As I write this Sean and I are watching a movie called 'The Brave One'.
Words are filling my head and begging me to write them. I only wish I were half as eloquent as the writer of Jodie Foster's lines in the movie.
For those that have not seen it - a woman and her boyfriend are attacked in Central Park. The boyfriend is killed and she becomes a 'woman with a grudge'. I am not a spoiler, I would hope that you could have gotten that much from a tv preview. What you don't hear are her words throughout the movie. They spoke to me in ways that only one who has experienced fear brought on by others, can understand.
I was 16 when I was raped. It was August...and two weeks afterwards I was at our small town's 'festival' discussing with my friends, who somehow knew, the effets of a stun gun on the human body. I desperately wanted one. I lived in fear.
Since that night I have this twitch - I cringe when I call what happened to me 'rape'. Why? I have no idea, except I know that it could have been worse. I could have been hurt - or killed. My boss' wife, who I worked with, told me of her 2nd rape experience...by the cab driver who held a gun to her head.
When I think about the experience in these terms I know how blessed I was.
From the night my father and I drove away from that diner and I saw that awful man's car, packed full of his 'buddies', I felt fear. I always wondered if the car lights behind me at night belonged to that car, I would scan the thousands of people at the amusement park and fight hiding under the desk when I saw a large man with a shaved head. When I had to walk the back way out of work at night I dreamed of being able to reach in my bag and pull out a weapon - and I dreamed of having the chance, and courage, to kill him because of how he had changed my life.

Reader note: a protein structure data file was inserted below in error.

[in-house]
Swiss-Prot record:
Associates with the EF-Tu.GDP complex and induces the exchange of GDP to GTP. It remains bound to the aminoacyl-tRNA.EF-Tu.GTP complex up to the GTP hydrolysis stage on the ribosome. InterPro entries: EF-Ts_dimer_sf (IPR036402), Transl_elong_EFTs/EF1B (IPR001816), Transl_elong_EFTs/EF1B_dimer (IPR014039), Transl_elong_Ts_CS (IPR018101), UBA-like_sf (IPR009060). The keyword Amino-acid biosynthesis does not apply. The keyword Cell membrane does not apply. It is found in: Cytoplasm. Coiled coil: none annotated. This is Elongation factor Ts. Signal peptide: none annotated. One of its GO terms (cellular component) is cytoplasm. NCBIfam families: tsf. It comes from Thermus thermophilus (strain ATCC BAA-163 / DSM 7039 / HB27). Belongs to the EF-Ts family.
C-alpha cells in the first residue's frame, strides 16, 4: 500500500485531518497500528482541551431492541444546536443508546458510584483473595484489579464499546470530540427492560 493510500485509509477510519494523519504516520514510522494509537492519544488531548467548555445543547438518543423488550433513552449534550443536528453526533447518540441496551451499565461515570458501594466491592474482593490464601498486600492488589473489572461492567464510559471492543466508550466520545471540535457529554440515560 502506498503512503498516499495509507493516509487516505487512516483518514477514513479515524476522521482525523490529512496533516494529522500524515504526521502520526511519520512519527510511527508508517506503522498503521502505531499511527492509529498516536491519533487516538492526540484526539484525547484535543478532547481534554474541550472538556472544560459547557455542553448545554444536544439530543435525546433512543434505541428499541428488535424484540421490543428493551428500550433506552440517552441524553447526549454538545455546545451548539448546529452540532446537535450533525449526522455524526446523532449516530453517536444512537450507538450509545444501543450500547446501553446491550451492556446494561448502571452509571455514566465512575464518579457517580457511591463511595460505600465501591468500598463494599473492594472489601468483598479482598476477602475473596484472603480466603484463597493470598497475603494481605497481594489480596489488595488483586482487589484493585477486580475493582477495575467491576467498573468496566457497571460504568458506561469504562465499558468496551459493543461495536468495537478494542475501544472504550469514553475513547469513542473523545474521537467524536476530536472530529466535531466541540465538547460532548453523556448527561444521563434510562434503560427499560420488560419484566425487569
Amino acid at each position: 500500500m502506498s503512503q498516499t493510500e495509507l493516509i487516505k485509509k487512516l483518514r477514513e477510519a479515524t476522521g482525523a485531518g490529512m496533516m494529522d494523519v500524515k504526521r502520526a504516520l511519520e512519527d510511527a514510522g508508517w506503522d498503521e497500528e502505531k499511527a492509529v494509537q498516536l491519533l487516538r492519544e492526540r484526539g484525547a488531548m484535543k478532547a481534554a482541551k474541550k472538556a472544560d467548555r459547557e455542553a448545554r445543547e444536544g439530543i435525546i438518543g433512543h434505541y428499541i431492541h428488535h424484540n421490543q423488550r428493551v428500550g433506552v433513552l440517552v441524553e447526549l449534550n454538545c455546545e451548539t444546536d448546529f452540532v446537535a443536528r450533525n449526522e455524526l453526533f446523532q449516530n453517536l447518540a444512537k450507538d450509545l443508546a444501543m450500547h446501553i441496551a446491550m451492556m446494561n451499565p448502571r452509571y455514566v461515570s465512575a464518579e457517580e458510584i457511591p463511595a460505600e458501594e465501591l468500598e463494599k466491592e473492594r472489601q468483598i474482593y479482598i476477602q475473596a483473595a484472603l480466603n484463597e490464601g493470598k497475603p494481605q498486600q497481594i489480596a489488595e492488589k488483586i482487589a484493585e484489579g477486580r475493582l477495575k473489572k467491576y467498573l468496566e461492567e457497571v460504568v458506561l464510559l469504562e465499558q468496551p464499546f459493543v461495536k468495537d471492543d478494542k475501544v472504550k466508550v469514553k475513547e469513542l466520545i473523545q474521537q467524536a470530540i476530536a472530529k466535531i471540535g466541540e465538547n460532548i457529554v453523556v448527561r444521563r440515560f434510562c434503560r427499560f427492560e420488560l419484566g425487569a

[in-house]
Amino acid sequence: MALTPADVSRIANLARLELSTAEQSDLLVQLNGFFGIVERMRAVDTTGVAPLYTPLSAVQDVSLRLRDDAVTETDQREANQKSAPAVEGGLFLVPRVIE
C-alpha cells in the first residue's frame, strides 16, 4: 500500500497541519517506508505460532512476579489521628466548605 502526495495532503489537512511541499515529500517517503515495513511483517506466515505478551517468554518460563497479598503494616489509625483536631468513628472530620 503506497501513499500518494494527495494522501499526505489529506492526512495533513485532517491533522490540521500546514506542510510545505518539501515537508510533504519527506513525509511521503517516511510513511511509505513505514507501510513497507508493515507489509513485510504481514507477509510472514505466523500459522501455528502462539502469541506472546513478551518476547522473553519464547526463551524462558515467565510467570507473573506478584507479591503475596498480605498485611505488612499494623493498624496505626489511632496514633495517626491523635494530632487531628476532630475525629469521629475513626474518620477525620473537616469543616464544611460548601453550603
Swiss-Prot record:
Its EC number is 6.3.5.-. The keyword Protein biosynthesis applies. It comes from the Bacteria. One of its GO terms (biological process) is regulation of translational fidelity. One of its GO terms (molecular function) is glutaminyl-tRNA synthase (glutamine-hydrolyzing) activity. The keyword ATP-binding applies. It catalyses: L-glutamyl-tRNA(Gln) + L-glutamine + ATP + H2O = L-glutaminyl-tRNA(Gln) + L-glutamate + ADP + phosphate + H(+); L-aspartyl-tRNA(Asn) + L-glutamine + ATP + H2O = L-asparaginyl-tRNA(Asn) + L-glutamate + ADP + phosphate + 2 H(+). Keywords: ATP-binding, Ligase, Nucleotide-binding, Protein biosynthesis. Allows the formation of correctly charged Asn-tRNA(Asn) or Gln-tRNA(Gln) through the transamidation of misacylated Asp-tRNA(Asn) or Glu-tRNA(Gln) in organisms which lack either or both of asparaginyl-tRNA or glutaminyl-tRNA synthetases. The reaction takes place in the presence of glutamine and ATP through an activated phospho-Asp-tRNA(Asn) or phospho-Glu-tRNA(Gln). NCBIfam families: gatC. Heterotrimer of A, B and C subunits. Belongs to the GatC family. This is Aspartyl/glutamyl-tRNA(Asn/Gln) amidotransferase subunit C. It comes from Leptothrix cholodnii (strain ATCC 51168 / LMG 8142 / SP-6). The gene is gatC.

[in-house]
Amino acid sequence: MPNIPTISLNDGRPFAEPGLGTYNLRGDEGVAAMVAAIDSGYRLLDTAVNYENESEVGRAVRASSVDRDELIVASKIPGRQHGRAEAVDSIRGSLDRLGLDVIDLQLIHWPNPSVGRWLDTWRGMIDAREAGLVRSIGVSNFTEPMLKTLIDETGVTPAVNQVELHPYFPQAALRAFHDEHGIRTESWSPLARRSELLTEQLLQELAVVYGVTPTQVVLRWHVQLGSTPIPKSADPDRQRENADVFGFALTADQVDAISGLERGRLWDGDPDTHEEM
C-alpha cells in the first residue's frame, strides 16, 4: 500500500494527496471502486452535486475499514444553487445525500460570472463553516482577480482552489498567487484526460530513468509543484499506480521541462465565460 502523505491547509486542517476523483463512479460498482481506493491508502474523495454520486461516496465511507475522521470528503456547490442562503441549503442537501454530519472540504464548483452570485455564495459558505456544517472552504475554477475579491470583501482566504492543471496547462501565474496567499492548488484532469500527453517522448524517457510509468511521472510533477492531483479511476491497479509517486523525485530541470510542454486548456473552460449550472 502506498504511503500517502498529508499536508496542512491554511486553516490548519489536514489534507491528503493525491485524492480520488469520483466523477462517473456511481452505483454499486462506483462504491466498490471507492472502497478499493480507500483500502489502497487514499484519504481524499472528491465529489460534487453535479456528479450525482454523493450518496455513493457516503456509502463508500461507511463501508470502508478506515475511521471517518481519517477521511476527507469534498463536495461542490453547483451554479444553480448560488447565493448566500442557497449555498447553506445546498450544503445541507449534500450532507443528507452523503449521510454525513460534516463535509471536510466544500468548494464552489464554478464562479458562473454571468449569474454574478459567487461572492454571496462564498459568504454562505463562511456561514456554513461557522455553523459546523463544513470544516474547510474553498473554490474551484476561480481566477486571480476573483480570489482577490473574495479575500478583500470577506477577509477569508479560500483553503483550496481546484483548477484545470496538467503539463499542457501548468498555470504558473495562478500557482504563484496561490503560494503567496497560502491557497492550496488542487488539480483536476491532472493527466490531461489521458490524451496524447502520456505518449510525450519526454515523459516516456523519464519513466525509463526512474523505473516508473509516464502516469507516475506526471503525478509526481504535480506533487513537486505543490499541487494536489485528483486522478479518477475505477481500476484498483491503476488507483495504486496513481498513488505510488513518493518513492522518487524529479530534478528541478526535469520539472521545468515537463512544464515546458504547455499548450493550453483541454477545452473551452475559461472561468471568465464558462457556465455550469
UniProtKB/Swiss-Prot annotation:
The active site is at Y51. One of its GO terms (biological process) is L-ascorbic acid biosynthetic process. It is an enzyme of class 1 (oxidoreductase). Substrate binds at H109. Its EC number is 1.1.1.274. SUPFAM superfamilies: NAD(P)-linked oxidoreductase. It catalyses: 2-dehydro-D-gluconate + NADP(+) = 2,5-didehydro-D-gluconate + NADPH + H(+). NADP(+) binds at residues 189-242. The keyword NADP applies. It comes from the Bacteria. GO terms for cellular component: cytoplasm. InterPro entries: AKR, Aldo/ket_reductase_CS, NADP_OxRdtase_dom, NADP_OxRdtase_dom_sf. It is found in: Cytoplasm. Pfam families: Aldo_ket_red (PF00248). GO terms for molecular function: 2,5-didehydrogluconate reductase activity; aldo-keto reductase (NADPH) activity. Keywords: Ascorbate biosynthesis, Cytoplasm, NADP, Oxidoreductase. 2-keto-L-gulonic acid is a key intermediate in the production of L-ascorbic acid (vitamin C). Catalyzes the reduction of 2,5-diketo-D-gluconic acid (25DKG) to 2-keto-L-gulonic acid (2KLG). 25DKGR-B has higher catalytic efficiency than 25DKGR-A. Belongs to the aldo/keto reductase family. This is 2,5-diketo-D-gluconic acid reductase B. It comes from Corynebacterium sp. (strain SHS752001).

Now, I'm not writing all this to bring up this story again. In the movie she talks about how 'there is no going back to that woman you were before' and street corners you once felt safe on, are no longer what they were before. You'll find familiar stairs that you are now afraid to go up.
She says that she thought fear was for other people - weaker people - until it touched her.
We often have our notions of life. I'll never say that thing, or do that one. That will never happen to me. "How can people live like that? Why don't they just go get a job?"
Then one day we wake up like every other and realize that our 'beliefs'..or life-affirmations...are way off base. For some people it will crush them. They will see themselves as failures and let it rot their lives. For others it will give them understanding and sympathy. They will take the life lesson on passing judgement. They will rise above and make the world a better place - hopefully - by passing that understanding onto their children and those that they meet.
Who would you be?
4 years ago